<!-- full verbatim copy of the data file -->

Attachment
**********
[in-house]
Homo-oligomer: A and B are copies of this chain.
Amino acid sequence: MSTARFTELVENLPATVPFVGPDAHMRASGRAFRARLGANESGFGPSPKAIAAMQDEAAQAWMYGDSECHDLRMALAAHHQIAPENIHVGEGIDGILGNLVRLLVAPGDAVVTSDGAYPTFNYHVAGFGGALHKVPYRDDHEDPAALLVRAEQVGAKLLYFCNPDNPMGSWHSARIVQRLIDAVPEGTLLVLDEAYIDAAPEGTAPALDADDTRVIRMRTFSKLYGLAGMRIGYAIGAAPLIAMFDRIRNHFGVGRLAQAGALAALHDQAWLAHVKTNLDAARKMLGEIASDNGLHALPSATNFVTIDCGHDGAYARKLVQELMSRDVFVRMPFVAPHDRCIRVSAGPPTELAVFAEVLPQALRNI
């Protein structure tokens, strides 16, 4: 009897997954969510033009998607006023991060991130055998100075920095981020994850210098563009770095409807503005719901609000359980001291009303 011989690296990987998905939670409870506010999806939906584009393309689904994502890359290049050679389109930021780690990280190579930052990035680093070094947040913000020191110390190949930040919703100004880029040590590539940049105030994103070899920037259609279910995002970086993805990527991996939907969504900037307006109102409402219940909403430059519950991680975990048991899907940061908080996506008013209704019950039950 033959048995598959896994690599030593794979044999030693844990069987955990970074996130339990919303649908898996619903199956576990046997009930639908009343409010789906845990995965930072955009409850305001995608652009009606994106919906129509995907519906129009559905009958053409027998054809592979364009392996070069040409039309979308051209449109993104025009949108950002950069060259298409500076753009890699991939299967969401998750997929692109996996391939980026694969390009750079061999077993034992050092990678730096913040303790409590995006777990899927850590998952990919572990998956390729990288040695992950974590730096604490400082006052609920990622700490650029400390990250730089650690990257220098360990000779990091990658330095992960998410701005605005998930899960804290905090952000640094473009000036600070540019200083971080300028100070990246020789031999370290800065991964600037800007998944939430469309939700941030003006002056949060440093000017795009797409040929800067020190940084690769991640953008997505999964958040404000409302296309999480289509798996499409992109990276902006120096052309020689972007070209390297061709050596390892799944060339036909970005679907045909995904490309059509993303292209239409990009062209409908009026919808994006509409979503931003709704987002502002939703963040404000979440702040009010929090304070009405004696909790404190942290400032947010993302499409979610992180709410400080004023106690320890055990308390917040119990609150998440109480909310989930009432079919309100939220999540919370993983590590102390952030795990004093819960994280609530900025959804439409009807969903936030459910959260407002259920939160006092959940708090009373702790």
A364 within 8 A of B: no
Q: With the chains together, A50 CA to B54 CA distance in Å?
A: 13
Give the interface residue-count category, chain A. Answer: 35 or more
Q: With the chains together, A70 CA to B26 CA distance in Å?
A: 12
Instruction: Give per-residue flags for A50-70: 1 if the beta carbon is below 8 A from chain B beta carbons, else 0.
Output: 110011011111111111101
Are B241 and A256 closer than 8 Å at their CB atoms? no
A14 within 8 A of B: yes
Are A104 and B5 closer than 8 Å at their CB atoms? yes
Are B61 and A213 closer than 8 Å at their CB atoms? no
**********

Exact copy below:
[in-house]
Homo-oligomer: A and B are copies of this chain.
Amino acid sequence: MSTARFTELVENLPATVPFVGPDAHMRASGRAFRARLGANESGFGPSPKAIAAMQDEAAQAWMYGDSECHDLRMALAAHHQIAPENIHVGEGIDGILGNLVRLLVAPGDAVVTSDGAYPTFNYHVAGFGGALHKVPYRDDHEDPAALLVRAEQVGAKLLYFCNPDNPMGSWHSARIVQRLIDAVPEGTLLVLDEAYIDAAPEGTAPALDADDTRVIRMRTFSKLYGLAGMRIGYAIGAAPLIAMFDRIRNHFGVGRLAQAGALAALHDQAWLAHVKTNLDAARKMLGEIASDNGLHALPSATNFVTIDCGHDGAYARKLVQELMSRDVFVRMPFVAPHDRCIRVSAGPPTELAVFAEVLPQALRNI
């Protein structure tokens, strides 16, 4: 009897997954969510033009998607006023991060991130055998100075920095981020994850210098563009770095409807503005719901609000359980001291009303 011989690296990987998905939670409870506010999806939906584009393309689904994502890359290049050679389109930021780690990280190579930052990035680093070094947040913000020191110390190949930040919703100004880029040590590539940049105030994103070899920037259609279910995002970086993805990527991996939907969504900037307006109102409402219940909403430059519950991680975990048991899907940061908080996506008013209704019950039950 033959048995598959896994690599030593794979044999030693844990069987955990970074996130339990919303649908898996619903199956576990046997009930639908009343409010789906845990995965930072955009409850305001995608652009009606994106919906129509995907519906129009559905009958053409027998054809592979364009392996070069040409039309979308051209449109993104025009949108950002950069060259298409500076753009890699991939299967969401998750997929692109996996391939980026694969390009750079061999077993034992050092990678730096913040303790409590995006777990899927850590998952990919572990998956390729990288040695992950974590730096604490400082006052609920990622700490650029400390990250730089650690990257220098360990000779990091990658330095992960998410701005605005998930899960804290905090952000640094473009000036600070540019200083971080300028100070990246020789031999370290800065991964600037800007998944939430469309939700941030003006002056949060440093000017795009797409040929800067020190940084690769991640953008997505999964958040404000409302296309999480289509798996499409992109990276902006120096052309020689972007070209390297061709050596390892799944060339036909970005679907045909995904490309059509993303292209239409990009062209409908009026919808994006509409979503931003709704987002502002939703963040404000979440702040009010929090304070009405004696909790404190942290400032947010993302499409979610992180709410400080004023106690320890055990308390917040119990609150998440109480909310989930009432079919309100939220999540919370993983590590102390952030795990004093819960994280609530900025959804439409009807969903936030459910959260407002259920939160006092959940708090009373702790």
A364 within 8 A of B: no
Q: With the chains together, A50 CA to B54 CA distance in Å?
A: 13
Give the interface residue-count category, chain A. Answer: 35 or more
Q: With the chains together, A70 CA to B26 CA distance in Å?
A: 12
Instruction: Give per-residue flags for A50-70: 1 if the beta carbon is below 8 A from chain B beta carbons, else 0.
Output: 110011011111111111101
Are B241 and A256 closer than 8 Å at their CB atoms? no
A14 within 8 A of B: yes
Are A104 and B5 closer than 8 Å at their CB atoms? yes
Are B61 and A213 closer than 8 Å at their CB atoms? no